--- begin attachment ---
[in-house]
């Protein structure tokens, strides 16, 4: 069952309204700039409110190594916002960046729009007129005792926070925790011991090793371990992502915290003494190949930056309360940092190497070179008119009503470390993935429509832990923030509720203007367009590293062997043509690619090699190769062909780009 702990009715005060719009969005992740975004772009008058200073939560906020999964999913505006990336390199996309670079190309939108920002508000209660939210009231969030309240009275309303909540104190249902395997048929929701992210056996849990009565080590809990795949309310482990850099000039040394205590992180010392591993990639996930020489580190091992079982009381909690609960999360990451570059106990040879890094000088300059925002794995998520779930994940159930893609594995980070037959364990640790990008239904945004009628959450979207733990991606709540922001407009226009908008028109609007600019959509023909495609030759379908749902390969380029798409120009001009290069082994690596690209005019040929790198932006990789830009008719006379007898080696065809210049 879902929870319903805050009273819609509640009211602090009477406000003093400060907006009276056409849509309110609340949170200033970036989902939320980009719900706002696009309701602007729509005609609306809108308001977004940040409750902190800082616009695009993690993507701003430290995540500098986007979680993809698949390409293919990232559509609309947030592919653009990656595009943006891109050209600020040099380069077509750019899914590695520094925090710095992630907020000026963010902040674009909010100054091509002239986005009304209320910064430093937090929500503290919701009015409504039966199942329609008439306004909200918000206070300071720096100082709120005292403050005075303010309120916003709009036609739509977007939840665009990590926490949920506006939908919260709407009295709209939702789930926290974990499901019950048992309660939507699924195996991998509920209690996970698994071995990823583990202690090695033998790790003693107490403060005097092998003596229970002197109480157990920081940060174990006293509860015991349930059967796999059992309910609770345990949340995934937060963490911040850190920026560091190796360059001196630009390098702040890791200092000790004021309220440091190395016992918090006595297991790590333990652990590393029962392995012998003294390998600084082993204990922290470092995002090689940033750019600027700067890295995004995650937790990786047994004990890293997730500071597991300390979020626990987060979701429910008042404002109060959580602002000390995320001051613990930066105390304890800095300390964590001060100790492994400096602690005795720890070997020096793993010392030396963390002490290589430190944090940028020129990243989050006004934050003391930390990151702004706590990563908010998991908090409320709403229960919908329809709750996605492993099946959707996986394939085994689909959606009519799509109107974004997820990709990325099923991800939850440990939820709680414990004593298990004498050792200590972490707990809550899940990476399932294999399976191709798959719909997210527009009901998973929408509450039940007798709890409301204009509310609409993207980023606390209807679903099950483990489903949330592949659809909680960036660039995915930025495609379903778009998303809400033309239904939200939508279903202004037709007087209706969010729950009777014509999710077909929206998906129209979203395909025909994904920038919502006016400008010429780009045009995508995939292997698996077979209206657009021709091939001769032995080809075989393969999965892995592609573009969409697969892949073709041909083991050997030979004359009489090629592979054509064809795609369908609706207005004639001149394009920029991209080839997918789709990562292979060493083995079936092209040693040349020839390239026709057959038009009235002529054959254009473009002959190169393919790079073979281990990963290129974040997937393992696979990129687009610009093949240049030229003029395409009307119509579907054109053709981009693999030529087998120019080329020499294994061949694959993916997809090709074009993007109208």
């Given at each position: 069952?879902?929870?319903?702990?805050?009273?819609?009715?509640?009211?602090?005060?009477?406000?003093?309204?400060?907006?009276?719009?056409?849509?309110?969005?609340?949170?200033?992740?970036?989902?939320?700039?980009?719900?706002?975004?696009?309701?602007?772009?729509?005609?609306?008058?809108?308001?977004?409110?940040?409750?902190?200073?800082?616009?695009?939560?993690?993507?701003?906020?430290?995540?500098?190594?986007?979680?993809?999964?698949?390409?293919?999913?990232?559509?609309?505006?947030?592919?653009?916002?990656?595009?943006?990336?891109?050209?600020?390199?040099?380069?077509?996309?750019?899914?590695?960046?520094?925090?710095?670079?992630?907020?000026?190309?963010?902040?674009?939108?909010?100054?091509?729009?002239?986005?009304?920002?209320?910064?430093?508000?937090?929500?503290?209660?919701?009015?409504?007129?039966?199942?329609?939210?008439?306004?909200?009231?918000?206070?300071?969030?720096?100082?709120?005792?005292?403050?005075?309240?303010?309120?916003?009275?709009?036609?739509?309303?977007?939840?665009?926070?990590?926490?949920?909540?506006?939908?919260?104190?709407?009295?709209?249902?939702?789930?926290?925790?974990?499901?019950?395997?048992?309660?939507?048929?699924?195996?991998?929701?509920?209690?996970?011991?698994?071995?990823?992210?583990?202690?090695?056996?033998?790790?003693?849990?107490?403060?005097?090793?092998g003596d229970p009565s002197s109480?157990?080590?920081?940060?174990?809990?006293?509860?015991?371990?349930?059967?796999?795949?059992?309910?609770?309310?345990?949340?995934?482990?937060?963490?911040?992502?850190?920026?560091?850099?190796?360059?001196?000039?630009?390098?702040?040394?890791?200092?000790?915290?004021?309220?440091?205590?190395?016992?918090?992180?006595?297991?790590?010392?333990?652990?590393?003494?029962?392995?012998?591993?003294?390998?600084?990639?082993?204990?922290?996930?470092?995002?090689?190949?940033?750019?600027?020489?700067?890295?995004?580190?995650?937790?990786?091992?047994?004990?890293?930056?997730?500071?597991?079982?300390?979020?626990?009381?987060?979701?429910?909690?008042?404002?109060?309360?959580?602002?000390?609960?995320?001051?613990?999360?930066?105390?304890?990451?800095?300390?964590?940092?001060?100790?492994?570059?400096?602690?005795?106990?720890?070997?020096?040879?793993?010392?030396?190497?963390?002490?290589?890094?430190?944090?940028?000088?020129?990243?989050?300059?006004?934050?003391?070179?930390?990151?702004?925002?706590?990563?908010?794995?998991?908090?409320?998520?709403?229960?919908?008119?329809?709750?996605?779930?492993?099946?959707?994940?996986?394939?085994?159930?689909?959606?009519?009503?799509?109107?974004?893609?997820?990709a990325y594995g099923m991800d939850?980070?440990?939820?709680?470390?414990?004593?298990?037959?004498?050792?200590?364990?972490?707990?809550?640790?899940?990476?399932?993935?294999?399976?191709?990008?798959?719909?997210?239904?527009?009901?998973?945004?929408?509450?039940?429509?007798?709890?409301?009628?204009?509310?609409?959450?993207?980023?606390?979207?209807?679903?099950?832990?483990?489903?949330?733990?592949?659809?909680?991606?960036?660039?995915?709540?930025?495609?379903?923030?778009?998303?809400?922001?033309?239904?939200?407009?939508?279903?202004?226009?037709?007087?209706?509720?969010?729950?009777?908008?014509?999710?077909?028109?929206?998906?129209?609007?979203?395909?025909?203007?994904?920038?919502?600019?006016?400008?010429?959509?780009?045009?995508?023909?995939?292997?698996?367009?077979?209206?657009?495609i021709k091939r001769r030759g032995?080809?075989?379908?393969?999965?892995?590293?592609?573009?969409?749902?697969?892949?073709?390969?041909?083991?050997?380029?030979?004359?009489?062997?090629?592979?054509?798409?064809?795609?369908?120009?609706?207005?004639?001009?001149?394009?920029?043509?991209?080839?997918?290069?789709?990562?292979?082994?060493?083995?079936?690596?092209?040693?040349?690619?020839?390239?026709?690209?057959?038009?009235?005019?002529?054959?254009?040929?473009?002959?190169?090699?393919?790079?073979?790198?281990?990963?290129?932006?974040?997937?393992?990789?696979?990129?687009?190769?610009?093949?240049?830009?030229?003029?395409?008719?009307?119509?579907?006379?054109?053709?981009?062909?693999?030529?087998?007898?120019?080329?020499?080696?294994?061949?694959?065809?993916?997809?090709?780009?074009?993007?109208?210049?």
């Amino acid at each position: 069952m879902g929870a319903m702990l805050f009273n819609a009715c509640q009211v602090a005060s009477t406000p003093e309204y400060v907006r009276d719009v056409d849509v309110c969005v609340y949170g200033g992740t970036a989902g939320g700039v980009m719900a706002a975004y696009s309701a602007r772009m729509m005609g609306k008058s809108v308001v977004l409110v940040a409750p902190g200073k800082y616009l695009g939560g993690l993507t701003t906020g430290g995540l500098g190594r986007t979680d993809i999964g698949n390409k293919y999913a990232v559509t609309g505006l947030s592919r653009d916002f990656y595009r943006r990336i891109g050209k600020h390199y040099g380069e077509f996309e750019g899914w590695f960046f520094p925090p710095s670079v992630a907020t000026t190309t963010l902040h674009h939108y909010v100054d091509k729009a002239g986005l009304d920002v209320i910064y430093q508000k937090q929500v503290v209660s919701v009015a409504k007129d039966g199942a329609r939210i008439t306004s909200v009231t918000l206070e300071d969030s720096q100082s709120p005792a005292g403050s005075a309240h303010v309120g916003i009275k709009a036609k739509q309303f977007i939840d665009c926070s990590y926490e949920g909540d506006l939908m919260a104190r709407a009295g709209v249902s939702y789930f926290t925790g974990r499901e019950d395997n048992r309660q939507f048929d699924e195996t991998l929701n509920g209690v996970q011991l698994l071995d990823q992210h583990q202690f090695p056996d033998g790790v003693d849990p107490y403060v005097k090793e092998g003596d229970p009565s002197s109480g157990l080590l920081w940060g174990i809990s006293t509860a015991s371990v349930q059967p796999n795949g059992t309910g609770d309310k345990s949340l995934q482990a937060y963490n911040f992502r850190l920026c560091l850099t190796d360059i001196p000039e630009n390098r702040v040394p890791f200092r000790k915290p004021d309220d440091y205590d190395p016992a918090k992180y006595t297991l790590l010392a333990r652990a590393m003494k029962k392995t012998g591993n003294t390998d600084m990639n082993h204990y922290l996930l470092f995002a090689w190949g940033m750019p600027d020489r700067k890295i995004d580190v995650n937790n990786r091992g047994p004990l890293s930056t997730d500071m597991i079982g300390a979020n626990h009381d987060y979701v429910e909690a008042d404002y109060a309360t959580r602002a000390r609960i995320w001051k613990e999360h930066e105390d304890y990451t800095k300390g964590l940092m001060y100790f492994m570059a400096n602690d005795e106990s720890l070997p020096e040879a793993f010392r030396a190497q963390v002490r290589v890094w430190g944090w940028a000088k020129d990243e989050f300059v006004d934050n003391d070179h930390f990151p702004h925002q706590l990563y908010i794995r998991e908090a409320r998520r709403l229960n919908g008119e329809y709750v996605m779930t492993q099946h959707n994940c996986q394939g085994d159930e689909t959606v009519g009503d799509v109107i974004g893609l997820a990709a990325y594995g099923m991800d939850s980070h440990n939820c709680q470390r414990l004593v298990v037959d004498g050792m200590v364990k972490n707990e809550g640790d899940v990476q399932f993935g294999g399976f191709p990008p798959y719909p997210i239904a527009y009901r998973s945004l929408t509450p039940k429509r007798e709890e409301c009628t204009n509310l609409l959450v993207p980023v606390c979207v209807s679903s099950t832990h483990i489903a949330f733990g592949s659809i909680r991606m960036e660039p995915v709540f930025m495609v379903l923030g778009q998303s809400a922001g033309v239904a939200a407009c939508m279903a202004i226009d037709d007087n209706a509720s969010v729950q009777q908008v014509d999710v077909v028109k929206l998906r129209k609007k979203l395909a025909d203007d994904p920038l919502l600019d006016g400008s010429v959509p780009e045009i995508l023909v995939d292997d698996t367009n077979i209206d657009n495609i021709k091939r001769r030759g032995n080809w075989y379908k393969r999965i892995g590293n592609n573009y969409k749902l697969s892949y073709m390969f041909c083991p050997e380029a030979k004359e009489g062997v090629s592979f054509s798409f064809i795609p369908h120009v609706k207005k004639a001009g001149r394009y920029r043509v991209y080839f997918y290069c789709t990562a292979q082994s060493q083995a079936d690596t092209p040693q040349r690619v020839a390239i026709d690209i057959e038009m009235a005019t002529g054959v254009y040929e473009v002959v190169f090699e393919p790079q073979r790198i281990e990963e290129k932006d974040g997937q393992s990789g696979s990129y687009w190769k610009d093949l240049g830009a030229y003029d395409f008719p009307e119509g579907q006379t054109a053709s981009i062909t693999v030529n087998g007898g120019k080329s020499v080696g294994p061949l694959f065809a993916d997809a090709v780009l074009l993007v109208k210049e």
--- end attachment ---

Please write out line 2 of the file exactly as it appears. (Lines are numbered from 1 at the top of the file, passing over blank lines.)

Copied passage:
């Protein structure tokens, strides 16, 4: 069952309204700039409110190594916002960046729009007129005792926070925790011991090793371990992502915290003494190949930056309360940092190497070179008119009503470390993935429509832990923030509720203007367009590293062997043509690619090699190769062909780009 702990009715005060719009969005992740975004772009008058200073939560906020999964999913505006990336390199996309670079190309939108920002508000209660939210009231969030309240009275309303909540104190249902395997048929929701992210056996849990009565080590809990795949309310482990850099000039040394205590992180010392591993990639996930020489580190091992079982009381909690609960999360990451570059106990040879890094000088300059925002794995998520779930994940159930893609594995980070037959364990640790990008239904945004009628959450979207733990991606709540922001407009226009908008028109609007600019959509023909495609030759379908749902390969380029798409120009001009290069082994690596690209005019040929790198932006990789830009008719006379007898080696065809210049 879902929870319903805050009273819609509640009211602090009477406000003093400060907006009276056409849509309110609340949170200033970036989902939320980009719900706002696009309701602007729509005609609306809108308001977004940040409750902190800082616009695009993690993507701003430290995540500098986007979680993809698949390409293919990232559509609309947030592919653009990656595009943006891109050209600020040099380069077509750019899914590695520094925090710095992630907020000026963010902040674009909010100054091509002239986005009304209320910064430093937090929500503290919701009015409504039966199942329609008439306004909200918000206070300071720096100082709120005292403050005075303010309120916003709009036609739509977007939840665009990590926490949920506006939908919260709407009295709209939702789930926290974990499901019950048992309660939507699924195996991998509920209690996970698994071995990823583990202690090695033998790790003693107490403060005097092998003596229970002197109480157990920081940060174990006293509860015991349930059967796999059992309910609770345990949340995934937060963490911040850190920026560091190796360059001196630009390098702040890791200092000790004021309220440091190395016992918090006595297991790590333990652990590393029962392995012998003294390998600084082993204990922290470092995002090689940033750019600027700067890295995004995650937790990786047994004990890293997730500071597991300390979020626990987060979701429910008042404002109060959580602002000390995320001051613990930066105390304890800095300390964590001060100790492994400096602690005795720890070997020096793993010392030396963390002490290589430190944090940028020129990243989050006004934050003391930390990151702004706590990563908010998991908090409320709403229960919908329809709750996605492993099946959707996986394939085994689909959606009519799509109107974004997820990709990325099923991800939850440990939820709680414990004593298990004498050792200590972490707990809550899940990476399932294999399976191709798959719909997210527009009901998973929408509450039940007798709890409301204009509310609409993207980023606390209807679903099950483990489903949330592949659809909680960036660039995915930025495609379903778009998303809400033309239904939200939508279903202004037709007087209706969010729950009777014509999710077909929206998906129209979203395909025909994904920038919502006016400008010429780009045009995508995939292997698996077979209206657009021709091939001769032995080809075989393969999965892995592609573009969409697969892949073709041909083991050997030979004359009489090629592979054509064809795609369908609706207005004639001149394009920029991209080839997918789709990562292979060493083995079936092209040693040349020839390239026709057959038009009235002529054959254009473009002959190169393919790079073979281990990963290129974040997937393992696979990129687009610009093949240049030229003029395409009307119509579907054109053709981009693999030529087998120019080329020499294994061949694959993916997809090709074009993007109208």